Scripting or Plugins for the NVDA Screenreader

The NVDA screenreader is a free (GNU Public Licence) screenreader for Microsoft Windows. It can be scripted to work differently in different applications. This page has some notes and resources on scripting that I pulled together while writing a script for WebbIE - it is not an official site of the NVDA Project.

NVDA scripts are called App Modules, which are a type of Plugin.


Development environment

Getting the source code

Looking at the source code lets you see how other scripts work and how the functions that scripts call work.

You have three ways to get the source code:

  1. You can check out all the source code using git. See the website for documentation: essentially, install a Git client and run "git clone git://" to get the code in the local folder.
  2. You can browse all the source code online at the NVDA Project code browser. Look for the folder called appModules.
  3. You can just download all the plugins/scripts as of April 2013 here: Download NVDA Plugins (Scripts) Code (April 2013) as a zip. Again, see the appModules folder for existing NVDA scripts. Of course, this will be outdated and wrong, so you're better getting the code from the NVDA Project website.

Each .py file in the appLocations folder is an application plugin, a script for a particular program. The name of the .py file indicates the program it is scripting, so is the script for explorer.exe – Windows Explorer.

Example NVDA scripts

This is a brief set of notes from trying to create some NVDA scripts. You should probably start with the actual official documentation: Plugins. You'll find examples and explanations there.

These are all from the NVDA source code except for the Hello World example.

Getting started - Hello World – an NVDA script for Notepad

In a text editor, create a file called This will therefore be the script for notepad.exe - Windows Notepad.

Save it in %appdata%\nvda\appModules. For Windows 7 that will look something like C:\Users\[your username]\AppData\Roaming\nvda\appModules

Paste this into the file:

# Notepad App Module for NVDA
# Scripting example "Hello World "

import appModuleHandler

class AppModule(appModuleHandler.AppModule):

	def event_gainFocus(self, obj, nextHandler):
		import speech
		speech.speakMessage("Hello World ")

Save the file. Start NVDA. Start Notepad. You should hear "Hello World" when Notepad becomes the foreground window. You can Alt+Tab away and back and you should hear the message every time.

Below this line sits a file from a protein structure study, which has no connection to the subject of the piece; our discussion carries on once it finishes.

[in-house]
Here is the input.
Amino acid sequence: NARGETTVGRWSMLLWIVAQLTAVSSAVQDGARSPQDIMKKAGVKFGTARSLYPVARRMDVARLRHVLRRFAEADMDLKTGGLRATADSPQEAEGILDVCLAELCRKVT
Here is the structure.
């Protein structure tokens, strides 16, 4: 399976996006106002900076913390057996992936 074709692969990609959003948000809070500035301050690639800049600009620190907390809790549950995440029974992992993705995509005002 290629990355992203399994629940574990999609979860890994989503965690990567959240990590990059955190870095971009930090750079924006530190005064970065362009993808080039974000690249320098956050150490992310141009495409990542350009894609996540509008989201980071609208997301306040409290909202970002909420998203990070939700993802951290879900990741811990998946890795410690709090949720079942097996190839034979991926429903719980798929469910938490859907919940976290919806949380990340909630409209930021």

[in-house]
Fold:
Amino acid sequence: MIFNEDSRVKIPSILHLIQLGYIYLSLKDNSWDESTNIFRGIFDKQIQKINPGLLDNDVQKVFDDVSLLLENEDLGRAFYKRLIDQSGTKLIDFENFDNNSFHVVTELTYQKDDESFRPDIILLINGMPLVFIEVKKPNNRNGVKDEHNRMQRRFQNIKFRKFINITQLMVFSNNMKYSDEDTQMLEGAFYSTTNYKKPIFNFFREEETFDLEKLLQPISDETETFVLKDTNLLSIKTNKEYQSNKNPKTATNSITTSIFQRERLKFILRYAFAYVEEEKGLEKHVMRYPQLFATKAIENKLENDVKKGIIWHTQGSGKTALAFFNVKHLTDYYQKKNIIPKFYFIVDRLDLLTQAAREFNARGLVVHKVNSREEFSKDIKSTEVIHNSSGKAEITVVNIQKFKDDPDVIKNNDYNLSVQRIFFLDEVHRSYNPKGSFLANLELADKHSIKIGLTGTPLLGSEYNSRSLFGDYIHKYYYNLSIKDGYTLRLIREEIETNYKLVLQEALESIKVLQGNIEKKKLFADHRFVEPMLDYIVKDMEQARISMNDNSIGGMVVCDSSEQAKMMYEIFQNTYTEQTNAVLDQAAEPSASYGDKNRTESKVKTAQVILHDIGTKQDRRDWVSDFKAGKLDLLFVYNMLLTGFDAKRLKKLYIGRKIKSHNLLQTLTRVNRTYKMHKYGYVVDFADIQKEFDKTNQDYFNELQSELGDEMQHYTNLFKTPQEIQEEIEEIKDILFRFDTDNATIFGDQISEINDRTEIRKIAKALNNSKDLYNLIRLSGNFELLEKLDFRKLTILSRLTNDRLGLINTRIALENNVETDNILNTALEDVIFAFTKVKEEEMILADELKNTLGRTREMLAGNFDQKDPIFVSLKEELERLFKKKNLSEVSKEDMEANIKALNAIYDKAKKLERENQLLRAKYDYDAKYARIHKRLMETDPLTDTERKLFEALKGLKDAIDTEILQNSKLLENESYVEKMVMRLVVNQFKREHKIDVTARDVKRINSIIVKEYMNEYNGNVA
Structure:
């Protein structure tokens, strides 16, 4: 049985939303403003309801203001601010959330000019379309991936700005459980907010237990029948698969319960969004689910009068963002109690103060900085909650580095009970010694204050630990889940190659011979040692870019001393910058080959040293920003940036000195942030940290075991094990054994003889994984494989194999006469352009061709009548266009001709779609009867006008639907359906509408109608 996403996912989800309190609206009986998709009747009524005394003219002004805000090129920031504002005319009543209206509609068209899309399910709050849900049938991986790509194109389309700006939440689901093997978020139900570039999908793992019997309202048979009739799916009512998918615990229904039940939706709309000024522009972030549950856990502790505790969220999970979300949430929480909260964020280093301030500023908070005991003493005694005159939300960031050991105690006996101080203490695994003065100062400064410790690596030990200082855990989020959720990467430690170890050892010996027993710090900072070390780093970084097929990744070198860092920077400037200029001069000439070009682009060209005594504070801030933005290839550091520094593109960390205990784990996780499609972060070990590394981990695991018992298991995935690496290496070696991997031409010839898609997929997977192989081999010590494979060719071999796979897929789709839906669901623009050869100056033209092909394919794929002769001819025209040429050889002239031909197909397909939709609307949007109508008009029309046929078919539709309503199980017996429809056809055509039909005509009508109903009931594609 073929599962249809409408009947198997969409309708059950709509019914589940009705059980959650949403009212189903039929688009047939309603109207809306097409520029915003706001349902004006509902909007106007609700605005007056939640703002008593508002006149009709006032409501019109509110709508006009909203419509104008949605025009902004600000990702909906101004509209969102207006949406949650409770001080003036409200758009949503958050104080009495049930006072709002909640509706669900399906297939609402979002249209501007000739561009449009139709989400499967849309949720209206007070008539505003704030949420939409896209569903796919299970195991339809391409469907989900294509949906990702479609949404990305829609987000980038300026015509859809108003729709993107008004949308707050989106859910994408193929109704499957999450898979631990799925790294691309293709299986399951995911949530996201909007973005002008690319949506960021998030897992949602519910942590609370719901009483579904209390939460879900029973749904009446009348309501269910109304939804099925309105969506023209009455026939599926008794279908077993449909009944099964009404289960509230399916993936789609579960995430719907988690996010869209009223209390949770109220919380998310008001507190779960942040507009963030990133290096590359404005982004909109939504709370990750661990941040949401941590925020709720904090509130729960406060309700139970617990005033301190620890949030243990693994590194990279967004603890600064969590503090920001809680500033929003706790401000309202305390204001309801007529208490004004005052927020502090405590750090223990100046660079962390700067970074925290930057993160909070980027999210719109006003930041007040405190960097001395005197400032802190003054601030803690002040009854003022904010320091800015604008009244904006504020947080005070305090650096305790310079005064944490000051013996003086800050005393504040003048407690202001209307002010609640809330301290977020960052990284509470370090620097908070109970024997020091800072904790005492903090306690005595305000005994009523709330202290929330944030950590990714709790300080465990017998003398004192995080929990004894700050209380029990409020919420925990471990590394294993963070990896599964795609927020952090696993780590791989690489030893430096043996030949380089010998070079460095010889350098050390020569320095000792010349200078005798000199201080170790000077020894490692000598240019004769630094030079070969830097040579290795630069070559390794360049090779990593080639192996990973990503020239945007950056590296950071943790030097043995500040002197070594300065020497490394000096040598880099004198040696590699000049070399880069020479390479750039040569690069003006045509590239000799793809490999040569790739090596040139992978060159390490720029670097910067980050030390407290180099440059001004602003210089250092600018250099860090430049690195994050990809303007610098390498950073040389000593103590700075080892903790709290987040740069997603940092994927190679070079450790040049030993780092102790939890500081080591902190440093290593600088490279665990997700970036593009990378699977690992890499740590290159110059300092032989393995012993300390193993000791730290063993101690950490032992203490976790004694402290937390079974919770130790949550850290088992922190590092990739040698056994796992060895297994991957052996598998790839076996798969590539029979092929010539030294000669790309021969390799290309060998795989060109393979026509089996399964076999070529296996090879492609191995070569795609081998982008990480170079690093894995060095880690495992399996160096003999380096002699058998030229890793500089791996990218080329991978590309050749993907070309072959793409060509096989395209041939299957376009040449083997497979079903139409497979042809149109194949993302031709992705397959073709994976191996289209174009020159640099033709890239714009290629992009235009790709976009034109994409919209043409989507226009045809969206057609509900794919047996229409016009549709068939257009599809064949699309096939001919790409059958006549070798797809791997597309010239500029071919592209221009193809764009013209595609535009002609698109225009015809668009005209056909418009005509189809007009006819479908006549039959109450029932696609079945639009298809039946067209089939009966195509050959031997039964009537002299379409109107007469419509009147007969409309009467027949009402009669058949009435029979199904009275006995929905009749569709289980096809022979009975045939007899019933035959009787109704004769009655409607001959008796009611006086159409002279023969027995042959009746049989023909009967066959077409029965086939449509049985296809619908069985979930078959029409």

Making NVDA shut up in a self-voicing application (

import appModuleHandler
class AppModule(appModuleHandler.AppModule):

Making NVDA use another script (

#Use the script
from msimn import *

Make NVDA shut up for this (self-voicing) application (

import appModuleHandler
class AppModule(appModuleHandler.AppModule):

Write to the NVDA log

Note that you have to change the default debug logging level in Preferences, General Settings to "debug warning" to get this output. You can also just Speak text and watch the Speech Viewer.

from logHandler import log
log.debugWarning("Hello world")

Assigning key to a script function

imports speech
class AppModule(appModuleHandler.AppModule):

	# Script action on moving the cursor up/down or pressing pageup/dwn:
	__helloWorldGestures = (
	# Put the key assignment in iniOverlayClass
	def initOverlayClass(self):
		for gesture in self.__helloWorldGestures:
			self.bindGesture(gesture, "helloWorld")

	def script_helloWorld(self,gesture):
		gesture.send() # Let the key go through to the application.
		speech.speakmessage("Hello world")

Handling different windows in the same application (

For example, you may want different keystrokes to operate in the main Word document area, the spellcheck window and the Open file menu. This code lets you assign different functions and keys to different dialogues and windows in the same application.

class AppModule(appModuleHandler.AppModule):

	#chooseNVDAObjectOverlayClasses gets called if you create it.
	#Add the different handlers to clsList like this:
	def chooseNVDAObjectOverlayClasses(self, obj, clsList):
		windowClass = obj.windowClassName
		if windowClass == "Winamp PE":
			clsList.insert(0, winampPlaylistEditor)
		elif windowClass == "Winamp v1.x":
			clsList.insert(0, winampMainWindow)

class winampMainWindow(IAccessible):
#Code for the main window in WinAMP goes here – e.g. Play, Stop etc.

class winampPlaylistEditor(winampMainWindow):
#Code for the playlist editor in WinAMP goes here – e.g. delete, add etc.

Change the name of a control (

Some UI controls (e.g. buttons) can have bad or missing names when NVDA gets to them. The following script identifies an offending button, gets its name from a Windows API call, and populates the NVDAObject name value with the new name.

import appModuleHandler
import winUser
import controlTypes

class AppModule(appModuleHandler.AppModule):
	def event_NVDAObject_init(self,obj):
	#Identify the offending control we want to rename
	if obj.windowClassName=="Button" and not obj.role in [controlTypes.ROLE_MENUBAR, controlTypes.ROLE_MENUITEM, controlTypes.ROLE_POPUPMENU]:
	#Change the value of to what the user should hear.'&','')

Use the Windows API (

See "Change the name of a control" ( above. The winUser module lets you call the Windows window functions, like getWindowText.

Relabel buttons (

You may want to provide more useful labels for controls in an application than are provided natively, or even provide labels when none are given. For example, buttons on a form may not have names in NVDA. This example shows a script that labels buttons with meaningful names.

import appModuleHandler
import controlTypes

	206:_("Fast forward"),

class AppModule(appModuleHandler.AppModule):
	def event_NVDAObject_init(self, obj):
			if obj.role == controlTypes.ROLE_BUTTON: 
			try:	[obj.windowControlID]
			except KeyError:

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